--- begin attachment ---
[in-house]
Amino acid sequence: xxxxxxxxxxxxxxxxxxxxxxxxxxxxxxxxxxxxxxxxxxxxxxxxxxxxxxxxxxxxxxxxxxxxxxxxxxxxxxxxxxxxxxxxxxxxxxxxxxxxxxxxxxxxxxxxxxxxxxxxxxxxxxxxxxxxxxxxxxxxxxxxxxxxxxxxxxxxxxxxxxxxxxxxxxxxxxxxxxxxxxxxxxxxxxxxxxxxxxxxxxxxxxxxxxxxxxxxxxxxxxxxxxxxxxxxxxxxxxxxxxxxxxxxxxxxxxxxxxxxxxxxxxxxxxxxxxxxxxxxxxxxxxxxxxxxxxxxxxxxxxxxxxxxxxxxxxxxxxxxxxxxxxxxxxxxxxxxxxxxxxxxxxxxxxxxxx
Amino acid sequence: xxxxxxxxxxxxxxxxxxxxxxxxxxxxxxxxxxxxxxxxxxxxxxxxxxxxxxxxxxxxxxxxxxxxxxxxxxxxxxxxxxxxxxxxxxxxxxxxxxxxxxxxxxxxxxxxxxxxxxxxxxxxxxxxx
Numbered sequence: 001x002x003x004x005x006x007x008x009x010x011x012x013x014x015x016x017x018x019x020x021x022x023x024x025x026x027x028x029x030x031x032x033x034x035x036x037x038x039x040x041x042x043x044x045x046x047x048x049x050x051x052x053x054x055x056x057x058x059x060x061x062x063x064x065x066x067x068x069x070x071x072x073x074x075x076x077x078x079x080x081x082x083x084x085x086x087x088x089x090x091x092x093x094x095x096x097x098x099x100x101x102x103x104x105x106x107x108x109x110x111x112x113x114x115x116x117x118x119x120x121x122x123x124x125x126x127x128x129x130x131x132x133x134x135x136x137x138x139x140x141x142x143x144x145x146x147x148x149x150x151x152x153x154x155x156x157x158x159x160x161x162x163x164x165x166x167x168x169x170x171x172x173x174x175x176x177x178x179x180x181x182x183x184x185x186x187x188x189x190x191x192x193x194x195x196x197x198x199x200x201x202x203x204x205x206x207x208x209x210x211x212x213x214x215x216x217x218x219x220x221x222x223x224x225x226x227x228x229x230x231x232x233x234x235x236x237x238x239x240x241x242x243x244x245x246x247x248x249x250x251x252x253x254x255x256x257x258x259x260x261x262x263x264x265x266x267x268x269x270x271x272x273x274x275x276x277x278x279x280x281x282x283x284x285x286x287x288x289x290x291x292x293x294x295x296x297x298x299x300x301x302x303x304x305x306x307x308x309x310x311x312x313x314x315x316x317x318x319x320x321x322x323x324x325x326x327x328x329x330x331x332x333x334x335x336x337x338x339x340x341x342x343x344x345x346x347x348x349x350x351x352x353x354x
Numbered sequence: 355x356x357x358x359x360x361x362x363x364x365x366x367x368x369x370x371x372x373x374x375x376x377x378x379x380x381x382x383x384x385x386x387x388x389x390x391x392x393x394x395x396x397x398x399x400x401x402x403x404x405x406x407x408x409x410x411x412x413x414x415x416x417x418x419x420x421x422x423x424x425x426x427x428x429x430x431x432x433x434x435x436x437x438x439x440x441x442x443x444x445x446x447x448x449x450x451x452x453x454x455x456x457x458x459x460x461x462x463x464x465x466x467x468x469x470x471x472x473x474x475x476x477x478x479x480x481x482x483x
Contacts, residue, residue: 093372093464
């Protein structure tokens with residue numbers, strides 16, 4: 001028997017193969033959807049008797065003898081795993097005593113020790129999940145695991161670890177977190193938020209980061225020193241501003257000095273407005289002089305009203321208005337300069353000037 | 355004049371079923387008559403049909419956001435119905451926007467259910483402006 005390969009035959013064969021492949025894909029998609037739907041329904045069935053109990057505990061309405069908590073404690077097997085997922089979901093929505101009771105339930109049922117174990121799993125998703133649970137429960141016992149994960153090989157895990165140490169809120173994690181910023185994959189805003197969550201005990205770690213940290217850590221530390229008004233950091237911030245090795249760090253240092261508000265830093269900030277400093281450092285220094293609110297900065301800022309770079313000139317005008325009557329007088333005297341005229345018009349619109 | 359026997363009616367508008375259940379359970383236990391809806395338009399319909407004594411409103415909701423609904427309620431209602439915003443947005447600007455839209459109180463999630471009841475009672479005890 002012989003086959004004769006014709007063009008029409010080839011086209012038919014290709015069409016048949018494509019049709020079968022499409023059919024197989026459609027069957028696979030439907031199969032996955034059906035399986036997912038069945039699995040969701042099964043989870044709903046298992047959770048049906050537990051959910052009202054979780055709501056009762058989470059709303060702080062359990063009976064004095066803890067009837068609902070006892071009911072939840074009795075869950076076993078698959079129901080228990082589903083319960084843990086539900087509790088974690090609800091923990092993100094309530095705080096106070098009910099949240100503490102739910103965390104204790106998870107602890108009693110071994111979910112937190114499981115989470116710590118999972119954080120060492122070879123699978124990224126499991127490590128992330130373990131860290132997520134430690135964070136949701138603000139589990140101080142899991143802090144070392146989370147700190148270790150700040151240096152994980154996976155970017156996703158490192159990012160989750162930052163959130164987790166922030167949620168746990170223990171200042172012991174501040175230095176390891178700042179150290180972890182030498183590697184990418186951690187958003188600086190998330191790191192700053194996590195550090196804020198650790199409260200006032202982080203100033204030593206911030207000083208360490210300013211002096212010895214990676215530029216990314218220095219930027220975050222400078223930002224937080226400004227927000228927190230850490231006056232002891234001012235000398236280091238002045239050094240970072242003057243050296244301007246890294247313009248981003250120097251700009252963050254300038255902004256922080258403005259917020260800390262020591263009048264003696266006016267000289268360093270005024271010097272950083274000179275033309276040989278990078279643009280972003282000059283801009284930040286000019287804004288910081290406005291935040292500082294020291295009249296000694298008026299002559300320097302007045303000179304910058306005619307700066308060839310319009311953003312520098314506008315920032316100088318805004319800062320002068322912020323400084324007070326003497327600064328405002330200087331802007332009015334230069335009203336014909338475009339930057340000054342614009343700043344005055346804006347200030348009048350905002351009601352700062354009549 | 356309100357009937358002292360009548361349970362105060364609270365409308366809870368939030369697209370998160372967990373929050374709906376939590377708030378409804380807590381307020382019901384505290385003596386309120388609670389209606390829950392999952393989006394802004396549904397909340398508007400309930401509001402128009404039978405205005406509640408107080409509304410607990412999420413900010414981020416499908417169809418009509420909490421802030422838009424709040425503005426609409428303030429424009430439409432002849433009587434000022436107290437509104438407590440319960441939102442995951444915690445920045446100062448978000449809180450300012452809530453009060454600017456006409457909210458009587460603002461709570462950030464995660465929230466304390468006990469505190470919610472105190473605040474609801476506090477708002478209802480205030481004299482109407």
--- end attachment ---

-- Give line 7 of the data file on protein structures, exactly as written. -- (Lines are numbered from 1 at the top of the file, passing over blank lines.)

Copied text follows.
């Protein structure tokens with residue numbers, strides 16, 4: 001028997017193969033959807049008797065003898081795993097005593113020790129999940145695991161670890177977190193938020209980061225020193241501003257000095273407005289002089305009203321208005337300069353000037 | 355004049371079923387008559403049909419956001435119905451926007467259910483402006 005390969009035959013064969021492949025894909029998609037739907041329904045069935053109990057505990061309405069908590073404690077097997085997922089979901093929505101009771105339930109049922117174990121799993125998703133649970137429960141016992149994960153090989157895990165140490169809120173994690181910023185994959189805003197969550201005990205770690213940290217850590221530390229008004233950091237911030245090795249760090253240092261508000265830093269900030277400093281450092285220094293609110297900065301800022309770079313000139317005008325009557329007088333005297341005229345018009349619109 | 359026997363009616367508008375259940379359970383236990391809806395338009399319909407004594411409103415909701423609904427309620431209602439915003443947005447600007455839209459109180463999630471009841475009672479005890 002012989003086959004004769006014709007063009008029409010080839011086209012038919014290709015069409016048949018494509019049709020079968022499409023059919024197989026459609027069957028696979030439907031199969032996955034059906035399986036997912038069945039699995040969701042099964043989870044709903046298992047959770048049906050537990051959910052009202054979780055709501056009762058989470059709303060702080062359990063009976064004095066803890067009837068609902070006892071009911072939840074009795075869950076076993078698959079129901080228990082589903083319960084843990086539900087509790088974690090609800091923990092993100094309530095705080096106070098009910099949240100503490102739910103965390104204790106998870107602890108009693110071994111979910112937190114499981115989470116710590118999972119954080120060492122070879123699978124990224126499991127490590128992330130373990131860290132997520134430690135964070136949701138603000139589990140101080142899991143802090144070392146989370147700190148270790150700040151240096152994980154996976155970017156996703158490192159990012160989750162930052163959130164987790166922030167949620168746990170223990171200042172012991174501040175230095176390891178700042179150290180972890182030498183590697184990418186951690187958003188600086190998330191790191192700053194996590195550090196804020198650790199409260200006032202982080203100033204030593206911030207000083208360490210300013211002096212010895214990676215530029216990314218220095219930027220975050222400078223930002224937080226400004227927000228927190230850490231006056232002891234001012235000398236280091238002045239050094240970072242003057243050296244301007246890294247313009248981003250120097251700009252963050254300038255902004256922080258403005259917020260800390262020591263009048264003696266006016267000289268360093270005024271010097272950083274000179275033309276040989278990078279643009280972003282000059283801009284930040286000019287804004288910081290406005291935040292500082294020291295009249296000694298008026299002559300320097302007045303000179304910058306005619307700066308060839310319009311953003312520098314506008315920032316100088318805004319800062320002068322912020323400084324007070326003497327600064328405002330200087331802007332009015334230069335009203336014909338475009339930057340000054342614009343700043344005055346804006347200030348009048350905002351009601352700062354009549 | 356309100357009937358002292360009548361349970362105060364609270365409308366809870368939030369697209370998160372967990373929050374709906376939590377708030378409804380807590381307020382019901384505290385003596386309120388609670389209606390829950392999952393989006394802004396549904397909340398508007400309930401509001402128009404039978405205005406509640408107080409509304410607990412999420413900010414981020416499908417169809418009509420909490421802030422838009424709040425503005426609409428303030429424009430439409432002849433009587434000022436107290437509104438407590440319960441939102442995951444915690445920045446100062448978000449809180450300012452809530453009060454600017456006409457909210458009587460603002461709570462950030464995660465929230466304390468006990469505190470919610472105190473605040474609801476506090477708002478209802480205030481004299482109407």